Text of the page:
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THE MIAMI HERALD
Mayra Montero: Classical Music Critic Reviews More Than Music
BY FABIOLA SANTIAGO
June 22, 2003
DEEP PURPLE. Mayra Montero. Translated by Edith Grossman. Ecco/HarperCollins. 192 pages. $22.95.
Surely, there must be at least two Mayra Monteros. One writes serious, multilayered fiction with intricately woven historical background and cultural insights, such celebrated titles as The Messenger and The Red of His Shadow. The other has a heck of a good time penning tantalizing erotic novelettes with oversexed protagonists.
Deep Purple is the latter. It's easy to imagine Montero mischievously scheming and snickering as she plots the next quirky sex-charged scene in this tale about a classical music critic addicted to seducing the virtuosos he writes about in a San Juan newspaper.
In its original Spanish edition, Púrpura profunda, the novel won Tuquets' La Sonrisa Vertical (The Vertical Smile) prize for erotic fiction in 2000. Her previous erotic novel, The Last Night I Spent With You, was a finalist in 1991 for the same prize, which is awarded annually and taken quite seriously by the prestigious Spanish publishing house and the literary world.
There's plenty of versatile sex in Deep Purple as critic Agustín Cabán is not aroused by a musician of a particular gender but by musical character, which Cabán assesses by studying body parts.
''Feet tell me a good deal about the musical character of a violinist,'' Cabán reveals early on. ``I notice the size and shape, and the manner in which the musician brings them together or separates them. I also carefully look at the calves, and somehow, I know that the musician's expressiveness comes from there, from the ankles to the backs of the knees.''
So when violinist Virginia Tuten wears white espadrilles to rehearsal she becomes the target of Cabán's temporary affections. Similarly, he is seduced by and seduces Australian pianist Clint Verret and spends three days in Denver captivated by his music. Then it's Clarissa Berdsley, the French horn player, and violinist Manuela Suggia, who give Cabán more adventure than he signed up for.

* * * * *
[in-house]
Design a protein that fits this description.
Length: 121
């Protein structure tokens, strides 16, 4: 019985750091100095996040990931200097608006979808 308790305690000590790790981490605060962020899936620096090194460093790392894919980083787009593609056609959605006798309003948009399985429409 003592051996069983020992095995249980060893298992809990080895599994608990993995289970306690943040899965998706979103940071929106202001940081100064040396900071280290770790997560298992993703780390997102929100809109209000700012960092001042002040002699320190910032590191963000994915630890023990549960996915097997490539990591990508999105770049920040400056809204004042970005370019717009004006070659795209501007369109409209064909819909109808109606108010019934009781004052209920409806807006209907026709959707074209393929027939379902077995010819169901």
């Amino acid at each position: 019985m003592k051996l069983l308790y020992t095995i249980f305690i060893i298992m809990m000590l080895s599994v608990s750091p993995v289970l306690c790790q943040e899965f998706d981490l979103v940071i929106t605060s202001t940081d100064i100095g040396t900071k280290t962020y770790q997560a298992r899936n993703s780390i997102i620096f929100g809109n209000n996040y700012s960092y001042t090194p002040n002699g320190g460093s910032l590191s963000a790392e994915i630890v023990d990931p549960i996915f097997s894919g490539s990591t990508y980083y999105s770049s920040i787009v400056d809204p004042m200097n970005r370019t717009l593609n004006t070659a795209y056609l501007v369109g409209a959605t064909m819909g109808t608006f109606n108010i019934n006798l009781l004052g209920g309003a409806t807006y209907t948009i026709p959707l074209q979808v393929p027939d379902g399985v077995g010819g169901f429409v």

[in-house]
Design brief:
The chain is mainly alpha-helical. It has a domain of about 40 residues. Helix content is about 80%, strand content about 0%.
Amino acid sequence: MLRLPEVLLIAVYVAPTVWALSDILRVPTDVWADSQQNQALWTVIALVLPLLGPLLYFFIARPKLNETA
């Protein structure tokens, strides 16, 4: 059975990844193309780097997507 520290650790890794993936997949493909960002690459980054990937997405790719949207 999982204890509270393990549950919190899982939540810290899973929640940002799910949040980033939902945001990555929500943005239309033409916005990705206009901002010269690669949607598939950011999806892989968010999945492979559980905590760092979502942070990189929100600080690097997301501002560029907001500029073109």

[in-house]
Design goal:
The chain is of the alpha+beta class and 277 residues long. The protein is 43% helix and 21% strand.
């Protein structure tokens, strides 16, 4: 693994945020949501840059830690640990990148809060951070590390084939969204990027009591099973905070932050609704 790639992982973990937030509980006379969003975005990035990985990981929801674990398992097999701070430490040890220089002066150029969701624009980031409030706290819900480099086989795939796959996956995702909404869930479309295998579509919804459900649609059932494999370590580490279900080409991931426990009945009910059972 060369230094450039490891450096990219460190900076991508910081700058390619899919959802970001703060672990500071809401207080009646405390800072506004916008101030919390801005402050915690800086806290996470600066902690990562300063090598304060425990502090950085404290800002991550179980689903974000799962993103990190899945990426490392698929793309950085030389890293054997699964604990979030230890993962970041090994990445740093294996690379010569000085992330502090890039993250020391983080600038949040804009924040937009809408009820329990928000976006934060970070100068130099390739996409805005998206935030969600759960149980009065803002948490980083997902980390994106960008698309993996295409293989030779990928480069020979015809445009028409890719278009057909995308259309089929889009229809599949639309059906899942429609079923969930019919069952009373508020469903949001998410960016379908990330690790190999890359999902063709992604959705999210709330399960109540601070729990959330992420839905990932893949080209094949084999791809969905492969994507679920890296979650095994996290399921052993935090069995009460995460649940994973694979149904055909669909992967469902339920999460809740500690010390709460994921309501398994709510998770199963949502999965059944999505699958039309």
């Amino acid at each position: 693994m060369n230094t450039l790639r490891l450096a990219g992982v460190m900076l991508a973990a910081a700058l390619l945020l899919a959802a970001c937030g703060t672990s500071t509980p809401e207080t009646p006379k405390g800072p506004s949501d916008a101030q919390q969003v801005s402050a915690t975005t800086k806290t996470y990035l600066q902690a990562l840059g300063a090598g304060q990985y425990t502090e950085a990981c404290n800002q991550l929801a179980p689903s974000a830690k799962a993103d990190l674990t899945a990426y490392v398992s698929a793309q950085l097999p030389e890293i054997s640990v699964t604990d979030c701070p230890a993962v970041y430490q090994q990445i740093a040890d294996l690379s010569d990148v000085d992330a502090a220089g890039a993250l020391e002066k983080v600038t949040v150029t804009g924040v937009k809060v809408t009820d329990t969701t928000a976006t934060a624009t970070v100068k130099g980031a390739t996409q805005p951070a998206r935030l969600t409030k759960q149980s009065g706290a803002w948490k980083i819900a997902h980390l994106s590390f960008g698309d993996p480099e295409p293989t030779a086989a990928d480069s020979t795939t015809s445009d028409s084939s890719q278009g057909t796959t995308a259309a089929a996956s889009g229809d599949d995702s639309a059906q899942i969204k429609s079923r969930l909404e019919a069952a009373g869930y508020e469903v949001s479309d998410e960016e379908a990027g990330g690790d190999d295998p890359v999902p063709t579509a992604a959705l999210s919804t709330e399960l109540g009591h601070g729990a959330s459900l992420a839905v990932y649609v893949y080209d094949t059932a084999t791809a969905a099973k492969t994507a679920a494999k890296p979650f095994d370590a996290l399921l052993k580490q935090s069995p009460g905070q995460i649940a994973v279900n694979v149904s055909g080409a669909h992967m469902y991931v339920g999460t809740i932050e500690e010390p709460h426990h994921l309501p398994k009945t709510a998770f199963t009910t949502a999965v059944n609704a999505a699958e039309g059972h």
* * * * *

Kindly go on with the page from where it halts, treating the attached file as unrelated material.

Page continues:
All that sex, however, doesn't lessen the novel's literary merit or Montero's ability to deliver a story that is never just about what it seems on the surface. This is more a story about envy than love, more about power than sex. And it's about that moment in life when a man cannot help but look back and wonder . . . wonder.
Faced with mandatory retirement and feeling quite un-grandfatherly, Cabán feels he has nothing left to do except evoke the ghosts of his old lovers. Egged on by Sebastián, the newspaper's affable entertainment editor, Cabán begins to write his memoirs: ``Saying goodbye to one's profession is like saying goodbye to sex, one clings to it. I cling to this brief piece of writing as if it were a woman's body, the last I will ever embrace in my life.''
So the story begins. Montero is fabulous at capturing the aging man's voice. But the book has one gaping hole: Montero never tells readers what Cabán writes about the musicians he seduces or how his relationship with them colors his judgment about their music.
It's surprising because Montero, who was born in Cuba but considers herself more Puerto Rican because of the decades she has spent on that island, knows the journalism world well. She started her career as a journalist and still writes newspaper columns.
Come to think of it, that makes at least three Mayra Monteros. Her readers are all the better for it.